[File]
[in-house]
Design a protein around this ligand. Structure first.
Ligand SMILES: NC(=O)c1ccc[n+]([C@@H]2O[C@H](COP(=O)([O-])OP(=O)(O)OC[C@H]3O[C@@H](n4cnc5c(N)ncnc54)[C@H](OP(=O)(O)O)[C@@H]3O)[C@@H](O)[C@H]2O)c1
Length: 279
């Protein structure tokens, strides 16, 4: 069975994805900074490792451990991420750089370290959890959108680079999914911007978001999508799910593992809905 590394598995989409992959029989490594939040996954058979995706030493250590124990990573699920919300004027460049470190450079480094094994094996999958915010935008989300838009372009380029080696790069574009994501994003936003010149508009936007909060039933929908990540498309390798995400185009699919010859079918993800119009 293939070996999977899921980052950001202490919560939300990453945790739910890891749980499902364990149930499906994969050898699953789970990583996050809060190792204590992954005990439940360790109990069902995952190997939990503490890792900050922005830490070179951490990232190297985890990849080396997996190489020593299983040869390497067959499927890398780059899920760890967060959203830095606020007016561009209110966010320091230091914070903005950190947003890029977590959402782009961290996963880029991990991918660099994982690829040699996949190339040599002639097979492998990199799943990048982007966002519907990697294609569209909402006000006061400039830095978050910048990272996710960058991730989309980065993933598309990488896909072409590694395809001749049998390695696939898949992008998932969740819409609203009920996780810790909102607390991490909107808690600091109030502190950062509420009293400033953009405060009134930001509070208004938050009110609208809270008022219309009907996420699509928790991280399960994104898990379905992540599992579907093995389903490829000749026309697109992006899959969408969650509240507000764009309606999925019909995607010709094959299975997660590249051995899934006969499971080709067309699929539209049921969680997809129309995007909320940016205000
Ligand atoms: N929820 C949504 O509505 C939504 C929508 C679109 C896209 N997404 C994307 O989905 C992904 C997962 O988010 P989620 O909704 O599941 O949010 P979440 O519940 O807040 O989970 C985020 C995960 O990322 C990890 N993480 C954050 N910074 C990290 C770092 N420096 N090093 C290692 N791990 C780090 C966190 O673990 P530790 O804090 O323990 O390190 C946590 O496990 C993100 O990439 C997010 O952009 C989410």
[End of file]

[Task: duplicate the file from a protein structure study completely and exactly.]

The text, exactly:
[in-house]
Design a protein around this ligand. Structure first.
Ligand SMILES: NC(=O)c1ccc[n+]([C@@H]2O[C@H](COP(=O)([O-])OP(=O)(O)OC[C@H]3O[C@@H](n4cnc5c(N)ncnc54)[C@H](OP(=O)(O)O)[C@@H]3O)[C@@H](O)[C@H]2O)c1
Length: 279
């Protein structure tokens, strides 16, 4: 069975994805900074490792451990991420750089370290959890959108680079999914911007978001999508799910593992809905 590394598995989409992959029989490594939040996954058979995706030493250590124990990573699920919300004027460049470190450079480094094994094996999958915010935008989300838009372009380029080696790069574009994501994003936003010149508009936007909060039933929908990540498309390798995400185009699919010859079918993800119009 293939070996999977899921980052950001202490919560939300990453945790739910890891749980499902364990149930499906994969050898699953789970990583996050809060190792204590992954005990439940360790109990069902995952190997939990503490890792900050922005830490070179951490990232190297985890990849080396997996190489020593299983040869390497067959499927890398780059899920760890967060959203830095606020007016561009209110966010320091230091914070903005950190947003890029977590959402782009961290996963880029991990991918660099994982690829040699996949190339040599002639097979492998990199799943990048982007966002519907990697294609569209909402006000006061400039830095978050910048990272996710960058991730989309980065993933598309990488896909072409590694395809001749049998390695696939898949992008998932969740819409609203009920996780810790909102607390991490909107808690600091109030502190950062509420009293400033953009405060009134930001509070208004938050009110609208809270008022219309009907996420699509928790991280399960994104898990379905992540599992579907093995389903490829000749026309697109992006899959969408969650509240507000764009309606999925019909995607010709094959299975997660590249051995899934006969499971080709067309699929539209049921969680997809129309995007909320940016205000
Ligand atoms: N929820 C949504 O509505 C939504 C929508 C679109 C896209 N997404 C994307 O989905 C992904 C997962 O988010 P989620 O909704 O599941 O949010 P979440 O519940 O807040 O989970 C985020 C995960 O990322 C990890 N993480 C954050 N910074 C990290 C770092 N420096 N090093 C290692 N791990 C780090 C966190 O673990 P530790 O804090 O323990 O390190 C946590 O496990 C993100 O990439 C997010 O952009 C989410």